Danica Patrick has been driving race cars very fast and competing and beating the boys for years now. And yet, there are still some members of the racing establishment trying to bring her down. The first (and only) female NASCAR came under fire this week for, well, for being a woman.
Kyle Petty has a long resume in the racing world. He had a long career in NASCAR, currently works as an analyst on Fox Sports and TNT, and his dad is the seven-time champion Richard Petty. He is as racing establishment as they come. For some reason, Petty decided to give his opinion of Patrick during a Thursday broadcast of Speed TV's NASCAR Race Hub:
"Danica has been the perfect example of somebody who can qualify better than what she runs," Petty said. "She can go fast, but she can't race. I think she's come a long way, but she's still not a race car driver. And I don't think she's ever going to be a race car driver."
The 31-year-old Patrick started racing Indy Car in 2005 and has since made the difficult jump to NASCAR. She has struggled to break through the male-dominated world of NASCAR while posting some respectable finishes during her very short, very difficult racing career. This year, she's participating in her first full season in NASCAR's premier Sprint Cup Series. It's true that she has not found immediate, headline worthy success while competing at her sport's most difficult level with the best drivers in the U.S. No one is debating that fact.
For Petty to insinuate that Patrick can't race is preposterous, especially when you consider that Patrick is already on track to accomplish as much or more in her short time racing as Petty did during his entire career. Jalopnik's Travis Okulski highlighted how ridiculous Petty's comments are once you stack their resumes side by side:
In her first full season of Sprint Cup and after 26 total races, Danica has one pole position, one top 10 finish and three top 20s. She sits 27th in points.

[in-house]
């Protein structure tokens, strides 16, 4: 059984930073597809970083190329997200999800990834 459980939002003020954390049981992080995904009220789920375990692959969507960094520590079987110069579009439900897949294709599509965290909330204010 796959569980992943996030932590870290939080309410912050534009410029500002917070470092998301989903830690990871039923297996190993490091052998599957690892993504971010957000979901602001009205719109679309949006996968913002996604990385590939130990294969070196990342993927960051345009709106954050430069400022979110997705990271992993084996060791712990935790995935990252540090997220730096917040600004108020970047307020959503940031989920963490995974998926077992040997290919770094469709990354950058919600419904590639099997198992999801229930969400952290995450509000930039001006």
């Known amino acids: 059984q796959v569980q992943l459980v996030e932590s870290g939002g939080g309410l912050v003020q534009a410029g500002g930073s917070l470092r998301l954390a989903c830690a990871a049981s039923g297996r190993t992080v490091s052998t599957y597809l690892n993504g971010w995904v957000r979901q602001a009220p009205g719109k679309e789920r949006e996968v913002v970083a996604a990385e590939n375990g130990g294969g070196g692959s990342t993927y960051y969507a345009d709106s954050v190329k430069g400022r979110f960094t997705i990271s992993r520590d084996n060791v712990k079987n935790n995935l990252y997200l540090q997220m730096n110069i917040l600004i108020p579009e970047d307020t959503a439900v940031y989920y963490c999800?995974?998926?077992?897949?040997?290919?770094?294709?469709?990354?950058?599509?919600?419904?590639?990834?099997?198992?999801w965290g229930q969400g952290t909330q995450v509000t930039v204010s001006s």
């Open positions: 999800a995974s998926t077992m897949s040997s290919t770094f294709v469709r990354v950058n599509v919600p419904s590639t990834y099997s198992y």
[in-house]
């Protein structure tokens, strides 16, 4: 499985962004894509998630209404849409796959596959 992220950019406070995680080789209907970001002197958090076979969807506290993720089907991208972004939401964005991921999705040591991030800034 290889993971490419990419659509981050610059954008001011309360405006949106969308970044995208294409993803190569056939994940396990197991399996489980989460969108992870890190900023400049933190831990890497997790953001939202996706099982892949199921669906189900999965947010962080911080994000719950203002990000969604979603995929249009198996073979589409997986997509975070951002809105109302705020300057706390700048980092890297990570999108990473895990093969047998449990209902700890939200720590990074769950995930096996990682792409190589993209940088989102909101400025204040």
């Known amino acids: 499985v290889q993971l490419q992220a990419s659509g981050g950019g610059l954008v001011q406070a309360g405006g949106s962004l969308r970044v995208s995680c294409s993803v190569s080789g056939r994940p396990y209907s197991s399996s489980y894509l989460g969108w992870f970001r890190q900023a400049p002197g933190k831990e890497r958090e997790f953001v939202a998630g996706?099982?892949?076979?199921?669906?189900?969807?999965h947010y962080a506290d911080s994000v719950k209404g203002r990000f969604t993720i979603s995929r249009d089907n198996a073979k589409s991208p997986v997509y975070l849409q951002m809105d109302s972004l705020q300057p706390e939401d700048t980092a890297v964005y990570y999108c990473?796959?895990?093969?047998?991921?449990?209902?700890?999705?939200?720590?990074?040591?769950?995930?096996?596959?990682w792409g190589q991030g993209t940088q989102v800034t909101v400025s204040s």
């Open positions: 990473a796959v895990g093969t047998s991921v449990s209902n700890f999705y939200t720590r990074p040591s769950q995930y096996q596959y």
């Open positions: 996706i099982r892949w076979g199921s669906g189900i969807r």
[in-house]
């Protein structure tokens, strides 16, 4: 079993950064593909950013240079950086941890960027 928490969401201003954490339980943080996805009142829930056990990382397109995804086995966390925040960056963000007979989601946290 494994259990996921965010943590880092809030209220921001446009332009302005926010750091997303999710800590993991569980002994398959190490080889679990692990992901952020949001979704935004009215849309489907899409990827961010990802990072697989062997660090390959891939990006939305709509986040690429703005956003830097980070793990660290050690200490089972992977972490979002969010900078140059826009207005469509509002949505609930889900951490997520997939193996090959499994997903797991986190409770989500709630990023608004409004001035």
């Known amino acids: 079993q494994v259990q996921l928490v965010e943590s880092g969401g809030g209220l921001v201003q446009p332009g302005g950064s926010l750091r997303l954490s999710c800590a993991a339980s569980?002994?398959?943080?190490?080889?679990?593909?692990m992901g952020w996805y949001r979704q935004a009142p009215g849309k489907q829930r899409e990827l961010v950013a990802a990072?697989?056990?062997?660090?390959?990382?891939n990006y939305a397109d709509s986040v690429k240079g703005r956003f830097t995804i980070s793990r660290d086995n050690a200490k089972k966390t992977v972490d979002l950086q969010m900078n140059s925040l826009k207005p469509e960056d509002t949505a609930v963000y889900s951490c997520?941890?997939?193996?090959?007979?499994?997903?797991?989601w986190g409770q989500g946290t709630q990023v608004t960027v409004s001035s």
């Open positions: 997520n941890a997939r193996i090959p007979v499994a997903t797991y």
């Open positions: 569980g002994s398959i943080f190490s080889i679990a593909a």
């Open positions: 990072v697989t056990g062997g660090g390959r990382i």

Kyle, a real racing driver who ran his final full Sprint Cup season in 2006, finished 27th or worse in the standings in nine of his 12 final full seasons in Sprint Cup racing. He also scored 0 poles (that's a big huevo) in his first 243 races run over 10 years. A real racing driver like Kyle knows to let the veterans get poles for the first decade in the sport. Danica, who isn't a real racing driver, got pole in her first start as a full time driver.
Okulski also goes on to explain how Patrick accomplished much more during her career in the lesser levels of NASCAR competition than Petty ever did. For Petty, racing NASCAR wasn't an accomplishment he worked to earn so much as something he was born into. That last name is hard to ignore. Patrick's response to yet another man saying she has no right to be on the race track was a beautiful example of how every woman should respond to a dude telling them they aren't qualified for their job.
"I really don't care," Patrick said during a Friday press conference. "There's going to be people who believe in you and people who don't. Plenty of people say bad things about me. I see it on Twitter. Some people want me to die. But at the end of the day, you get over that stuff and trust you're doing a good job for the people who believe in you."
Patrick has faced this kind of criticism since she started racing professionally in 2005. For her, hearing that she's not a race car driver is an unfortunate regular occurrence in the male-dominated world of racing. The only reason it made headlines this time is because Kyle Petty was the critic, and Kyle Petty is Richard Petty's son. But, as the LA Times' Jim Peltz explains, the haters can crow all they want but it's not going to change much:
She's right -- and in some ways it's irrelevant whether she ever does or doesn't. Her team and her corporate sponsors are glad to have her. So is NASCAR. Patrick has a lot of fans. She'll go on making millions of dollars a year regardless of whether she cracks the top 10 in points or even becomes the first woman to win a Cup race.
Patrick is here to stay, win, push the sport and make money. You'll have to learn to deal with it.
This article is from the archive of our partner The Wire.
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